• H01L31/00Semiconductor devices sensitive to infra-red radiation, light, electromagnetic radiation of shorter wavelength or corpuscular radiation and adapted either for the conversion of the energy of such radiation into electrical energy or for the control of electrical energy by such radiation; Processes or apparatus peculiar to the manufacture or treatment thereof or of parts thereof; Details thereof
    • H01L31/08Semiconductor devices sensitive to infra-red radiation, light, electromagnetic radiation of shorter wavelength or corpuscular radiation and adapted either for the conversion of the energy of such radiation into electrical energy or for the control of electrical energy by such radiation; Processes or apparatus peculiar to the manufacture or treatment thereof or of parts thereof; Details thereof in which radiation controls flow of current through the device, e.g. photoresistors
    • H01L31/10Semiconductor devices sensitive to infra-red radiation, light, electromagnetic radiation of shorter wavelength or corpuscular radiation and adapted either for the conversion of the energy of such radiation into electrical energy or for the control of electrical energy by such radiation; Processes or apparatus peculiar to the manufacture or treatment thereof or of parts thereof; Details thereof in which radiation controls flow of current through the device, e.g. photoresistors characterised by at least one potential-jump barrier or surface barrier, e.g. phototransistors
    • H01L31/101Devices sensitive to infra-red, visible or ultra-violet radiation
    • H01L31/102Devices sensitive to infra-red, visible or ultra-violet radiation characterised by only one potential barrier or surface barrier
    • H01L31/107Devices sensitive to infra-red, visible or ultra-violet radiation characterised by only one potential barrier or surface barrier the potential barrier working in avalanche mode, e.g. avalanche photodiode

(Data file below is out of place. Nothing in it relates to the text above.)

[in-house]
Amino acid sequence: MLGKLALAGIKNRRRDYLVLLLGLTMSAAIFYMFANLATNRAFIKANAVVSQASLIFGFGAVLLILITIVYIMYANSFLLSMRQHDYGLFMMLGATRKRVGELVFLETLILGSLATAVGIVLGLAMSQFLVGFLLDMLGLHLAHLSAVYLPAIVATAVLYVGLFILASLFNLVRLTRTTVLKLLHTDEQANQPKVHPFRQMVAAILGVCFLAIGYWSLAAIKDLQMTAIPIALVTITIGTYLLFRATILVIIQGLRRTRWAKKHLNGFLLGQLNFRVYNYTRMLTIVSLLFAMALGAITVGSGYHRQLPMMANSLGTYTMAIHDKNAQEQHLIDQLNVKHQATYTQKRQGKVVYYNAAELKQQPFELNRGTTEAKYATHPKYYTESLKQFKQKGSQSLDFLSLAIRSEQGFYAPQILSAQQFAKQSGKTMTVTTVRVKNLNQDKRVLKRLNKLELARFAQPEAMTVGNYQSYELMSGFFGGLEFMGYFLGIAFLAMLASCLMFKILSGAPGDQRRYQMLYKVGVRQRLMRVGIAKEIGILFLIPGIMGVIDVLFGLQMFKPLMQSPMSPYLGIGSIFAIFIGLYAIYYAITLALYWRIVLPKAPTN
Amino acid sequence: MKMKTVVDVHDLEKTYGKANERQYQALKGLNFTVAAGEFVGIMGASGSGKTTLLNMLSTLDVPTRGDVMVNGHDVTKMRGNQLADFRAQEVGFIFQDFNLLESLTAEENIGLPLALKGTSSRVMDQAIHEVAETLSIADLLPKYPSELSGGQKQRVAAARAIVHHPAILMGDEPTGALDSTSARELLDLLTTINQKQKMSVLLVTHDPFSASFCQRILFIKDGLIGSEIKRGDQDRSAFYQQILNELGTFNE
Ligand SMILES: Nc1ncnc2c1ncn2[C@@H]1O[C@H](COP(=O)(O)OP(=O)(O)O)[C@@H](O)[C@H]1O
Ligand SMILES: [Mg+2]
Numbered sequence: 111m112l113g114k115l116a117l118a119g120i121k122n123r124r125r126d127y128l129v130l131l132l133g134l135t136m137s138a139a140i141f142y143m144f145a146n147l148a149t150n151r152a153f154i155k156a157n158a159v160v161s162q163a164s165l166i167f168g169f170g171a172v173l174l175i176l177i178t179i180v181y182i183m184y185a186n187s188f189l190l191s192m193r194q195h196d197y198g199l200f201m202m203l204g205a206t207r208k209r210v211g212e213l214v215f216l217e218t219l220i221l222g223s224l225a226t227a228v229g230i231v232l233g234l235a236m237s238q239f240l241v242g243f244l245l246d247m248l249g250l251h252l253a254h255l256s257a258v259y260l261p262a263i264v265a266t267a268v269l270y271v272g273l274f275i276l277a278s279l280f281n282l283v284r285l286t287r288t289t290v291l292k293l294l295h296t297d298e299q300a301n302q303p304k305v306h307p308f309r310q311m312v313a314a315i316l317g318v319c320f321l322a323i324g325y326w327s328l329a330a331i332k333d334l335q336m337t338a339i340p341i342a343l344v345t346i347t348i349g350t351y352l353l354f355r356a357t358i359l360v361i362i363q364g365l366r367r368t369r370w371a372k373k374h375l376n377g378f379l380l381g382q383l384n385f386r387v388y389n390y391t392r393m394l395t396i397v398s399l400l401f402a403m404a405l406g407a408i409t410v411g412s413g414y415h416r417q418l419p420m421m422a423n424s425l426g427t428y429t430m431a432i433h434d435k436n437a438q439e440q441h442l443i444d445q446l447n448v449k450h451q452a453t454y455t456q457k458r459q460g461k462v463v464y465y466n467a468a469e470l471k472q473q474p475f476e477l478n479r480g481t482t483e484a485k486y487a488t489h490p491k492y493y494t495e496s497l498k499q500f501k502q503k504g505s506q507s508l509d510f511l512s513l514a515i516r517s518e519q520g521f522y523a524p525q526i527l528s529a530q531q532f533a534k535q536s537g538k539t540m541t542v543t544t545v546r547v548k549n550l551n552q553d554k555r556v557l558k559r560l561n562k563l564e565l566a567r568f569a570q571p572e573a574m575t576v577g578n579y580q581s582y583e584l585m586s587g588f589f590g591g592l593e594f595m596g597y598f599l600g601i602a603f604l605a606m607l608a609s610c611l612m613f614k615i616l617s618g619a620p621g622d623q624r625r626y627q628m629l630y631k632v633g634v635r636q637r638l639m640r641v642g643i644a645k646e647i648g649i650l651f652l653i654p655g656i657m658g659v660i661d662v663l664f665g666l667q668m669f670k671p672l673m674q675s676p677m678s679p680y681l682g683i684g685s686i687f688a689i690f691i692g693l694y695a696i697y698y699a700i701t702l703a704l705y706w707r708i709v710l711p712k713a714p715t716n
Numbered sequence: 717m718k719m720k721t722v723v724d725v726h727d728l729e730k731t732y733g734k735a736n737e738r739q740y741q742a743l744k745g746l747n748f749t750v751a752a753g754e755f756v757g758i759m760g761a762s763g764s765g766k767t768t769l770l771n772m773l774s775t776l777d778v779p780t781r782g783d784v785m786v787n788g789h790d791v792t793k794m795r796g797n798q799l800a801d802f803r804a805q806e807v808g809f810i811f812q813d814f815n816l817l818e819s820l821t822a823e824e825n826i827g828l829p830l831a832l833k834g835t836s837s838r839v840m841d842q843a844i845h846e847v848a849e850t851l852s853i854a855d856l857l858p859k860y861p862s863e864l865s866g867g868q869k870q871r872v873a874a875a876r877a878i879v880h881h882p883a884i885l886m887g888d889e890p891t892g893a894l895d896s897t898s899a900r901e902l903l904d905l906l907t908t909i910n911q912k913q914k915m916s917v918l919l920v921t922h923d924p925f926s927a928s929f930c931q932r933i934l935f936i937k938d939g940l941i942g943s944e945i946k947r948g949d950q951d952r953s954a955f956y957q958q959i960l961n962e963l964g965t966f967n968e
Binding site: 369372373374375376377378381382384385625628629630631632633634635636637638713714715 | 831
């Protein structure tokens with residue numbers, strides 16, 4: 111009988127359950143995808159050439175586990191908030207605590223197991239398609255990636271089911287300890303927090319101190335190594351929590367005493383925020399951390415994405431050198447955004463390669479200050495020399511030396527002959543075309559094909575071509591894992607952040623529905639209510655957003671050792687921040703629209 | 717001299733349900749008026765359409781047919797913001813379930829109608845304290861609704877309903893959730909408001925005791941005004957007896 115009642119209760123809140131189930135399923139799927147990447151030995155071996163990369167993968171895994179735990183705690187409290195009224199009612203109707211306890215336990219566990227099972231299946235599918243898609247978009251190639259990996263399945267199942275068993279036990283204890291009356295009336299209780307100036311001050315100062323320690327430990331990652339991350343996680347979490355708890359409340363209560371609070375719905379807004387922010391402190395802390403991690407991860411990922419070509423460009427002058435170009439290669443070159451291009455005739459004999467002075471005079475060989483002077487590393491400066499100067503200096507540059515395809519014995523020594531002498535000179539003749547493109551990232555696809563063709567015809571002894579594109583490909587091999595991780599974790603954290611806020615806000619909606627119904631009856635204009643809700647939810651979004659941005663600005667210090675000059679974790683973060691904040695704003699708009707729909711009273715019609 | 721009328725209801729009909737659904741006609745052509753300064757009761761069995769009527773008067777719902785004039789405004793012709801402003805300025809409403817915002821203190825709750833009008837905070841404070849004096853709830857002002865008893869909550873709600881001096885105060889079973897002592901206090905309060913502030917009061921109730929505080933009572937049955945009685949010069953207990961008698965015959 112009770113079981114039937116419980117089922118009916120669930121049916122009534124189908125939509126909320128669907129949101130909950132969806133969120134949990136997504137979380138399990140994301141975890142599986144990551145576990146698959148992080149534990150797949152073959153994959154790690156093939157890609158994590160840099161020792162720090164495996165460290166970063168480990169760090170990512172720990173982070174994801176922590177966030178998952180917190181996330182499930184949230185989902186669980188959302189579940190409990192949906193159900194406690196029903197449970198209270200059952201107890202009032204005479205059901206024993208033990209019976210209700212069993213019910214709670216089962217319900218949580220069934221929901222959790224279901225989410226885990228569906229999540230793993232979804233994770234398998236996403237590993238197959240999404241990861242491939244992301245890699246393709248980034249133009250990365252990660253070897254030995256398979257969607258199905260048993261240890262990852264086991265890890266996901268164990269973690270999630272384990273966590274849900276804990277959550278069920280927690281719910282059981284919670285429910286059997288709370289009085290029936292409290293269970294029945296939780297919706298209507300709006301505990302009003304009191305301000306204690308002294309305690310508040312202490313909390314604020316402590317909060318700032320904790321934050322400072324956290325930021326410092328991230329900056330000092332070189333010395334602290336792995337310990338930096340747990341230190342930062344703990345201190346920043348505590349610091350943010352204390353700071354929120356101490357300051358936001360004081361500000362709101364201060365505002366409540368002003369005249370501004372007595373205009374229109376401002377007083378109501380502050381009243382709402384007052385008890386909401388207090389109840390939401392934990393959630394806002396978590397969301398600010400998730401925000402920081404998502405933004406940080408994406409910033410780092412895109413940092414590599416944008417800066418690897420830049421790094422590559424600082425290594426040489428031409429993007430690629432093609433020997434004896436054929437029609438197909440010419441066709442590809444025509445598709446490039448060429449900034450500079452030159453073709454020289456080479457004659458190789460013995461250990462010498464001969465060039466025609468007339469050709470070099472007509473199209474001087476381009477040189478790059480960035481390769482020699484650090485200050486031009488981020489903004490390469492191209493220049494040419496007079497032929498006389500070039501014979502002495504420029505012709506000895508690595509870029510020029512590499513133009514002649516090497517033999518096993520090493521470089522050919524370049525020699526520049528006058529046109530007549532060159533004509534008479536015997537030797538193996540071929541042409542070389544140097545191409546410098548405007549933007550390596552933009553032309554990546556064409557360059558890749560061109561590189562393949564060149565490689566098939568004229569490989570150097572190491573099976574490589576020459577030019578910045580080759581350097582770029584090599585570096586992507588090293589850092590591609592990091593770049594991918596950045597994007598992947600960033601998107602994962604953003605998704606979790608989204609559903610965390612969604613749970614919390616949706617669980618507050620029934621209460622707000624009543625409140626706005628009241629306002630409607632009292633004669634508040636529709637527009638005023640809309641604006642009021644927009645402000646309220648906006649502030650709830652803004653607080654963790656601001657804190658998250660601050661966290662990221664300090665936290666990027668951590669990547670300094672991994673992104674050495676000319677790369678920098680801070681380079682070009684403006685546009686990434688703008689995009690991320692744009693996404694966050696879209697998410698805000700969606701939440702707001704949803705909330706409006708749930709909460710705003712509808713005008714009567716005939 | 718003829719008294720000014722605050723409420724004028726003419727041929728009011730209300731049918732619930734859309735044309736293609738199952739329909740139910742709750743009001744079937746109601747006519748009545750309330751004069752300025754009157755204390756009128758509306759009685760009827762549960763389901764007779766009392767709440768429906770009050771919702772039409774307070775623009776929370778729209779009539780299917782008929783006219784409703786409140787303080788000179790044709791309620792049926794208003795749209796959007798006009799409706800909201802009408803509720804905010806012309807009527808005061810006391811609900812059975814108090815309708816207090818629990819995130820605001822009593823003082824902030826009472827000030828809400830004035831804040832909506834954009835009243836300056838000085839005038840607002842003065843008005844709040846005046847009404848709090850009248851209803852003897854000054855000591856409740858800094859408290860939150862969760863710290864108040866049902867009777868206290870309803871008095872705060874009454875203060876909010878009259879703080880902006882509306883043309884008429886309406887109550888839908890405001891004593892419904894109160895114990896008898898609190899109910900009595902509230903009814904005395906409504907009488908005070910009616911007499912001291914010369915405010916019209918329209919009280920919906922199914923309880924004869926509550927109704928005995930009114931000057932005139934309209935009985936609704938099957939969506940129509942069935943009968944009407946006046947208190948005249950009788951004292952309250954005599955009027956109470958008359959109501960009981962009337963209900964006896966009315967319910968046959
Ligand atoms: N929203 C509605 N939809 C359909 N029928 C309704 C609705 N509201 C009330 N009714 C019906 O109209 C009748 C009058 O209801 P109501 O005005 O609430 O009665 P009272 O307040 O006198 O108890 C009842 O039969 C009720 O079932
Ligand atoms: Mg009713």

• H01L31/1075Devices sensitive to infra-red, visible or ultra-violet radiation characterised by only one potential barrier or surface barrier the potential barrier working in avalanche mode, e.g. avalanche photodiode in which the active layers, e.g. absorption or multiplication layers, form an heterostructure, e.g. SAM structure

Abstract

In a method embodiment, a method includes generating one or more first signals proportional to the position and intensity of photons within a first range of wavelengths and incident on a position sensing pixel of an array of position sensing pixels. The method further includes generating one or more second signals proportional to a number of photons within a second range of wavelengths and incident on an image sensing pixel of an array of image sensing pixels. The array of image sensing pixels is formed monolithically on the array of position sensing pixels.

Description

TECHNICAL FIELD

This disclosure relates in general to photodetectors and more particularly to a system and method utilizing multi-band position sensitive imaging arrays.

BACKGROUND

Electromagnetic radiation detectors (e.g., focal plane arrays, photodetectors, and other photo-sensing circuits) are devices that are responsive to light. In general, the light that is detected may be visible light or light that is not visible to the human eye (e.g., infrared (IR) radiation). Electromagnetic radiation detectors that are responsive to light in more than one wavelength band are sometimes referred to as multi-band, multi-spectral, or multi-color detectors. One type of electromagnetic radiation detector is a position sensitive detector (PSD) that can measure a position of a light beam incident thereon in one or two-dimensions. Another type of electromagnetic radiation detector is an image sensitive detector that may be used for generating imagery (e.g., taking pictures or video imagery) and/or for non-imaging purposes (e.g., spectrometry and wave-front sensing).

Certain systems that have both position sensitive capabilities and image sensitive capabilities are limited for a variety of reasons. For example, certain systems use two separate focal planes in order to image and determine position of interest (e.g., for high frame rate windowing), thereby increasing complexity and cost. Other systems spatially separate position sensitive detectors alongside image sensitive detectors, which may limit the ability to accurately correlate position data with image data.

SUMMARY OF THE DISCLOSURE

In a method embodiment, a method includes generating one or more first signals proportional to the position and intensity of photons within a first range of wavelengths and incident on a position sensing pixel of an array of position sensing pixels. The method further includes generating one or more second signals proportional to a number of photons within a second range of wavelengths and incident on an image sensing pixel of an array of image sensing pixels. The array of image sensing pixels is formed monolithically on the array of position sensing pixels.